Bloomberg said that before the commencement ceremony began, he told Leebron of his wish to donate a cherry tree to be planted on the Rice campus with a plaque that reads:  “In Honor of the Class of 2018.”

“When you come back to campus as alumni, if you pass by the tree, I hope you’ll remember why it’s there — and what it represents to our great country,” Bloomberg concluded. “And throughout your life, when you chop down a cherry tree, as we all do from time to time, admit it — and demand nothing less from those who represent us.”

Leebron presented the 2018 Michael Bloomberg Commencement Speaker Award for Passionate Community Impact, Innovative Thinking and Entrepreneurial Spirit to David Ratnoff, who earned a bachelor’s degree in political science and history. The award is presented to the graduating student whose work best serves the humanitarian issues represented by the speaker. (Read more about the award here.)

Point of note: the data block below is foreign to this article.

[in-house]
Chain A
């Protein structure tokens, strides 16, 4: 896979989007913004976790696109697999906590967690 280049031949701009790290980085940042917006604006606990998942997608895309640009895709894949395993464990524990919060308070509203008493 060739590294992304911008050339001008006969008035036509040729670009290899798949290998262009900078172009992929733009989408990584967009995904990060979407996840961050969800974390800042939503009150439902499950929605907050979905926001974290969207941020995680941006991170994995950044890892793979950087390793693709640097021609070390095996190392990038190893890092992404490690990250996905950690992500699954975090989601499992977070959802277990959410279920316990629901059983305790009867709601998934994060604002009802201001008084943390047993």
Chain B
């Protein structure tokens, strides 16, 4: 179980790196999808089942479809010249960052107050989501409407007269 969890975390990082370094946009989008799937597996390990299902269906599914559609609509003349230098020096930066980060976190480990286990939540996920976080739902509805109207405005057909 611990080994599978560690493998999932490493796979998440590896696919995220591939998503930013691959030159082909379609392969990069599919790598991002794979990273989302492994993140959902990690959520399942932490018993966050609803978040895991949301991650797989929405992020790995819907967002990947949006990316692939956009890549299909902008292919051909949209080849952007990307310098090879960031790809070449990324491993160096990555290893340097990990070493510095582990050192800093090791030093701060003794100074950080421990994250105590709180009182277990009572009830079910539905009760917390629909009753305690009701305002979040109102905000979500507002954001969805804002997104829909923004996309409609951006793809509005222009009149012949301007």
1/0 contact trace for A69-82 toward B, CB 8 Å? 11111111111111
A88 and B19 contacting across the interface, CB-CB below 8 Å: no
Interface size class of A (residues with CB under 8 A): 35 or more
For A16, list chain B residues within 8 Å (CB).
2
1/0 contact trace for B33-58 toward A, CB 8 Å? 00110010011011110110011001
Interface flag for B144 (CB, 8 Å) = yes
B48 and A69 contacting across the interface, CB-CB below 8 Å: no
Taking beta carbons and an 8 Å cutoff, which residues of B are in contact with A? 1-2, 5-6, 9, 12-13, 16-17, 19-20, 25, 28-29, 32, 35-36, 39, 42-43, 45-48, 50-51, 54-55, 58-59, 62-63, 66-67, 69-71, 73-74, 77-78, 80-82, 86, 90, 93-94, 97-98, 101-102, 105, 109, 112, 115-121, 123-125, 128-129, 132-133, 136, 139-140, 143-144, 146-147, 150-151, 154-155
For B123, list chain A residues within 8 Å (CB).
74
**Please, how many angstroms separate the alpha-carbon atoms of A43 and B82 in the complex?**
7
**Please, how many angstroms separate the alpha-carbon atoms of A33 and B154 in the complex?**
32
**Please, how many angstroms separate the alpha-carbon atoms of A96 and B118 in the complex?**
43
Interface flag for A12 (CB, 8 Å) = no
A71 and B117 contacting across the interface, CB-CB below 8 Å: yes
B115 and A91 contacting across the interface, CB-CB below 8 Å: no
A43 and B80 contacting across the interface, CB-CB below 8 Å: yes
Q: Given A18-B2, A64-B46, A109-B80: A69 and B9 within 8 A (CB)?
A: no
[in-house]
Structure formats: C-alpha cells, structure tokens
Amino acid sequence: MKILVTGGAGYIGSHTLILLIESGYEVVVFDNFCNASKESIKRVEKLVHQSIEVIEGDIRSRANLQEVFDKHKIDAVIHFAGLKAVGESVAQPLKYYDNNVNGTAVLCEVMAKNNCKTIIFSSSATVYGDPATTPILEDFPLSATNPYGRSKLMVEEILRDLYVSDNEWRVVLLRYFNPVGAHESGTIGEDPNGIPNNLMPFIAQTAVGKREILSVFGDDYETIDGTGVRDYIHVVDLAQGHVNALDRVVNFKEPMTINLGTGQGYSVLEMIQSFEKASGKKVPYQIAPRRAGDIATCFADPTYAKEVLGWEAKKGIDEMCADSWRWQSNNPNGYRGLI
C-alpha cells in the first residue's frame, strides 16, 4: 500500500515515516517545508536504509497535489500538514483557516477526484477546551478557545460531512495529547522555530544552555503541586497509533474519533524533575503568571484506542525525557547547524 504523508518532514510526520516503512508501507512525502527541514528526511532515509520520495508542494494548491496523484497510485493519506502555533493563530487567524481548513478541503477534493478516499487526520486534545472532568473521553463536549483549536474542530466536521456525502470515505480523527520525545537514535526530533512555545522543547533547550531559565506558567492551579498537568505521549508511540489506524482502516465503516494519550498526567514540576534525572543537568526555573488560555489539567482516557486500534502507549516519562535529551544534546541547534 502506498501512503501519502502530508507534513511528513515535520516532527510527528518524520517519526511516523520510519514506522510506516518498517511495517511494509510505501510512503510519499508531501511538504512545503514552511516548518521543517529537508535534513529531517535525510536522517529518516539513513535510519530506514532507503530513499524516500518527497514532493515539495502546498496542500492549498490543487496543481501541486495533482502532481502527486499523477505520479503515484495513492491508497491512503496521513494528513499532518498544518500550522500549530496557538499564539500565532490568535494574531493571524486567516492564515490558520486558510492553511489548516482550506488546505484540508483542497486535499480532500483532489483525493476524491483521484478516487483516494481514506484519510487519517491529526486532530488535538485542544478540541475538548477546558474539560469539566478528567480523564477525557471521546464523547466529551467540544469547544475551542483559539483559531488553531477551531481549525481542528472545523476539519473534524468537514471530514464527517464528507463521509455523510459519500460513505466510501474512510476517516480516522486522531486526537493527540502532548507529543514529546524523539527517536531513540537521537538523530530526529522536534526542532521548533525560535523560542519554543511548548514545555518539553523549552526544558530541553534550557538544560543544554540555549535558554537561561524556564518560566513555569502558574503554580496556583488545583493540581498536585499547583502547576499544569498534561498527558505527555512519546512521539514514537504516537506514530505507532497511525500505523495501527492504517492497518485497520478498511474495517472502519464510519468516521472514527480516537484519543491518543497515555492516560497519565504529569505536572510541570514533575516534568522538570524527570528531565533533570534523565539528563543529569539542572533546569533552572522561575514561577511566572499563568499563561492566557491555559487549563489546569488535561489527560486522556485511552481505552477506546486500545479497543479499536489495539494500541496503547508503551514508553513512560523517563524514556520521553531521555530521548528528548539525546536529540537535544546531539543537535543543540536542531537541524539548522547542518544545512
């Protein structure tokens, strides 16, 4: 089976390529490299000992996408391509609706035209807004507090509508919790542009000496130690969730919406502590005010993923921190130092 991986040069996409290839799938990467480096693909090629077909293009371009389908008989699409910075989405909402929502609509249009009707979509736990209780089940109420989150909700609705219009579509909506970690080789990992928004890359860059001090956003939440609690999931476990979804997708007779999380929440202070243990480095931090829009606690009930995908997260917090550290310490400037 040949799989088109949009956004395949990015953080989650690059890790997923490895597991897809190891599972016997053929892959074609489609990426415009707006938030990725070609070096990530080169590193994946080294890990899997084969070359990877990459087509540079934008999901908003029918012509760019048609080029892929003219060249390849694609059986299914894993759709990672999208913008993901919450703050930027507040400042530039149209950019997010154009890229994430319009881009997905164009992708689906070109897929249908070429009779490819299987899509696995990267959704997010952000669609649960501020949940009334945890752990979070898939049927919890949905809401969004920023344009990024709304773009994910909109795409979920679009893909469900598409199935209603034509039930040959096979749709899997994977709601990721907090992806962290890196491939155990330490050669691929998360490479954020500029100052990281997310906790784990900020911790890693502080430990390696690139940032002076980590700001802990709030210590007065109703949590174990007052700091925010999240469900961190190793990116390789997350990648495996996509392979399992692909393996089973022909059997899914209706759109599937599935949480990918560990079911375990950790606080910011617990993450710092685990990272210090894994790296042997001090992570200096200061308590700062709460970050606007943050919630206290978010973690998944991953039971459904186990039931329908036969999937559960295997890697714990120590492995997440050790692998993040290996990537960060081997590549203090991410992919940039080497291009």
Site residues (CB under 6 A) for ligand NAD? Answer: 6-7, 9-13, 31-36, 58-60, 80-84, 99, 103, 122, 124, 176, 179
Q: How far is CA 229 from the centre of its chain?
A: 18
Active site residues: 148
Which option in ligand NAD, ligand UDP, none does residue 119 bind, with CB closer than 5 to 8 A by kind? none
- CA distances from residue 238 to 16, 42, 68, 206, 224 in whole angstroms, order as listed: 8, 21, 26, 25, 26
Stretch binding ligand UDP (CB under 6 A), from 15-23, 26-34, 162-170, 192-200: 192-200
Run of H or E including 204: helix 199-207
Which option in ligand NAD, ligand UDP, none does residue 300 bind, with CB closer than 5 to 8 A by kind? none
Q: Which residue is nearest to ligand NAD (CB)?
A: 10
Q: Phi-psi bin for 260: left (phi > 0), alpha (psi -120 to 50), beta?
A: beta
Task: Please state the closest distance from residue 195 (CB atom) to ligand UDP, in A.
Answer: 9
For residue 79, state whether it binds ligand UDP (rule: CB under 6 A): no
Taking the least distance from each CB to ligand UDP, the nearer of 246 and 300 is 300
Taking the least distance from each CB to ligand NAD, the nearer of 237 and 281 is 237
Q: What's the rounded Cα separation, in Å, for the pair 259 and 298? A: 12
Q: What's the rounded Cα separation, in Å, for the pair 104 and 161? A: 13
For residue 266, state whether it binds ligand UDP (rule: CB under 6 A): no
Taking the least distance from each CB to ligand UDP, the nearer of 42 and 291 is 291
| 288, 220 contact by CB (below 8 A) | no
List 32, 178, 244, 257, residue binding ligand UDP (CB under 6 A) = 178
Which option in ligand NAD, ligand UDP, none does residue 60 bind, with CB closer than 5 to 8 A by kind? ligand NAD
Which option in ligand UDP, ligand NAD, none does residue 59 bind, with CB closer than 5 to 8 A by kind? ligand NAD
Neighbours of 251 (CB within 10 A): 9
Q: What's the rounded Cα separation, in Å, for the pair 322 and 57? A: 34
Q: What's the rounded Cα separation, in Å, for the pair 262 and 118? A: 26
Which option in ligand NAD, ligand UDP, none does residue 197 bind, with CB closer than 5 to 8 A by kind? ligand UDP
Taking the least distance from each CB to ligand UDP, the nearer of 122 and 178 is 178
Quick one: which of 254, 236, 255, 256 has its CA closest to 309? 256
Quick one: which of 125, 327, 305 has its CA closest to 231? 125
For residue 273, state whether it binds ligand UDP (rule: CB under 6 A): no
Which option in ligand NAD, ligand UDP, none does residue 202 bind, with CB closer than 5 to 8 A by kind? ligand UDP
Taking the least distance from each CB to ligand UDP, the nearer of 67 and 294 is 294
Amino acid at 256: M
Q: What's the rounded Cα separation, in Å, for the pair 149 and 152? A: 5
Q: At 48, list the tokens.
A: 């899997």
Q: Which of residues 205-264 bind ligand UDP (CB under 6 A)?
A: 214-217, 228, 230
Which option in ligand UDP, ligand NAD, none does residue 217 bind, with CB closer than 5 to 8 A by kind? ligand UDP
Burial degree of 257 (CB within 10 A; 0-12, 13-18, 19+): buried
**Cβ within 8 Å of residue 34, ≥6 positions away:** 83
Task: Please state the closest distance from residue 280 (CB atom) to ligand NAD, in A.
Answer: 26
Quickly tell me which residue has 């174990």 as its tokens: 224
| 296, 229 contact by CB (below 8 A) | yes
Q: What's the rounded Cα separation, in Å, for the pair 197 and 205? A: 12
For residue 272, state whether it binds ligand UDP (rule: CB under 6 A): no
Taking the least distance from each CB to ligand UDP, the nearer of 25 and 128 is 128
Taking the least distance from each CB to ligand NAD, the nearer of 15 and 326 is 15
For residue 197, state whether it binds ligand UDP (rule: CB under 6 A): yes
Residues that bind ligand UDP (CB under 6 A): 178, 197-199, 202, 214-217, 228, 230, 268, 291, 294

Prior to the commencement address, Board of Trustees Chair Bobby Tudor ’82 and Leebron welcomed students, families and friends to the outdoor ceremony. Leebron referred to commencement as a time when the entire university family joins together and he thanked the families of the graduates who contributed “so richly” to the Rice community.

“To all of our graduates, thank you for inspiring us with what you have achieved here and giving us so much hope for what lies ahead,” Leebron said.

Justin Onwenu, past president of the Student Association, and Sydney Gibson, past president of the Graduate Student Association, also addressed the graduates and shared insights from their time at Rice.

Rice conferred 1,945 degrees to 1,902 students, some of whom claimed double or triple majors, including 975 undergraduate and undergraduate professional degrees and 970 graduate degrees (master’s and doctoral).

Separate ceremonies, including an evening convocation with fireworks, were held May 11 to individually recognize the recipients of bachelor’s, master’s, doctoral and business degrees, and then all degrees were conferred during the plenary ceremony May 12.

About Amy McCaig

Amy is a senior media relations specialist in Rice University's Office of Public Affairs.